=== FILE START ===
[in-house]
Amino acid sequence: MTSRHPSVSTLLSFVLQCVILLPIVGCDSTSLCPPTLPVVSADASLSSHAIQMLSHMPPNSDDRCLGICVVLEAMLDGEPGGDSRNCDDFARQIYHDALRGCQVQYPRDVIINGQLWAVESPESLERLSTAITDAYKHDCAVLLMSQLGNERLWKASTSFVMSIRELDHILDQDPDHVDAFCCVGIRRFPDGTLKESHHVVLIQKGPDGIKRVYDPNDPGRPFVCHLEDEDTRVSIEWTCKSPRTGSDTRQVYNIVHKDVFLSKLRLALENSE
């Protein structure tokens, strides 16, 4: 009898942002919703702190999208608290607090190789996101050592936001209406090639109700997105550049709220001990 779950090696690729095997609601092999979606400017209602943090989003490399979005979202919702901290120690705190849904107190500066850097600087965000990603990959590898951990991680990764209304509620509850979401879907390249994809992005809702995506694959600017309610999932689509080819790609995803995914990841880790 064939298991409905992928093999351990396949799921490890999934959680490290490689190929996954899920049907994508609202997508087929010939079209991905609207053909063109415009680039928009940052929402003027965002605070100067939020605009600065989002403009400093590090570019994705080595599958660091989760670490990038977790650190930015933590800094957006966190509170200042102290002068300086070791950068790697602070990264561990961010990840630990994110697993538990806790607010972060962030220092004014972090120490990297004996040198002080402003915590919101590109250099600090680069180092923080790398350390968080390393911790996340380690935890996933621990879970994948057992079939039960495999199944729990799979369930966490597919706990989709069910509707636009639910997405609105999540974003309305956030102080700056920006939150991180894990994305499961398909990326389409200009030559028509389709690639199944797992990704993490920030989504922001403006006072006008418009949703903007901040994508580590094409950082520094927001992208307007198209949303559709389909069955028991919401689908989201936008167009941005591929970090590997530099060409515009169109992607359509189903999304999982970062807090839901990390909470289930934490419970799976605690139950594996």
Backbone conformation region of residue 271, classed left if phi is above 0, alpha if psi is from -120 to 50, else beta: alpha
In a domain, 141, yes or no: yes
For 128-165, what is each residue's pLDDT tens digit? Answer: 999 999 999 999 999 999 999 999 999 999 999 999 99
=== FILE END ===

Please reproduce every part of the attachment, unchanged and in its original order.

[in-house]
Amino acid sequence: MTSRHPSVSTLLSFVLQCVILLPIVGCDSTSLCPPTLPVVSADASLSSHAIQMLSHMPPNSDDRCLGICVVLEAMLDGEPGGDSRNCDDFARQIYHDALRGCQVQYPRDVIINGQLWAVESPESLERLSTAITDAYKHDCAVLLMSQLGNERLWKASTSFVMSIRELDHILDQDPDHVDAFCCVGIRRFPDGTLKESHHVVLIQKGPDGIKRVYDPNDPGRPFVCHLEDEDTRVSIEWTCKSPRTGSDTRQVYNIVHKDVFLSKLRLALENSE
């Protein structure tokens, strides 16, 4: 009898942002919703702190999208608290607090190789996101050592936001209406090639109700997105550049709220001990 779950090696690729095997609601092999979606400017209602943090989003490399979005979202919702901290120690705190849904107190500066850097600087965000990603990959590898951990991680990764209304509620509850979401879907390249994809992005809702995506694959600017309610999932689509080819790609995803995914990841880790 064939298991409905992928093999351990396949799921490890999934959680490290490689190929996954899920049907994508609202997508087929010939079209991905609207053909063109415009680039928009940052929402003027965002605070100067939020605009600065989002403009400093590090570019994705080595599958660091989760670490990038977790650190930015933590800094957006966190509170200042102290002068300086070791950068790697602070990264561990961010990840630990994110697993538990806790607010972060962030220092004014972090120490990297004996040198002080402003915590919101590109250099600090680069180092923080790398350390968080390393911790996340380690935890996933621990879970994948057992079939039960495999199944729990799979369930966490597919706990989709069910509707636009639910997405609105999540974003309305956030102080700056920006939150991180894990994305499961398909990326389409200009030559028509389709690639199944797992990704993490920030989504922001403006006072006008418009949703903007901040994508580590094409950082520094927001992208307007198209949303559709389909069955028991919401689908989201936008167009941005591929970090590997530099060409515009169109992607359509189903999304999982970062807090839901990390909470289930934490419970799976605690139950594996």
Backbone conformation region of residue 271, classed left if phi is above 0, alpha if psi is from -120 to 50, else beta: alpha
In a domain, 141, yes or no: yes
For 128-165, what is each residue's pLDDT tens digit? Answer: 999 999 999 999 999 999 999 999 999 999 999 999 99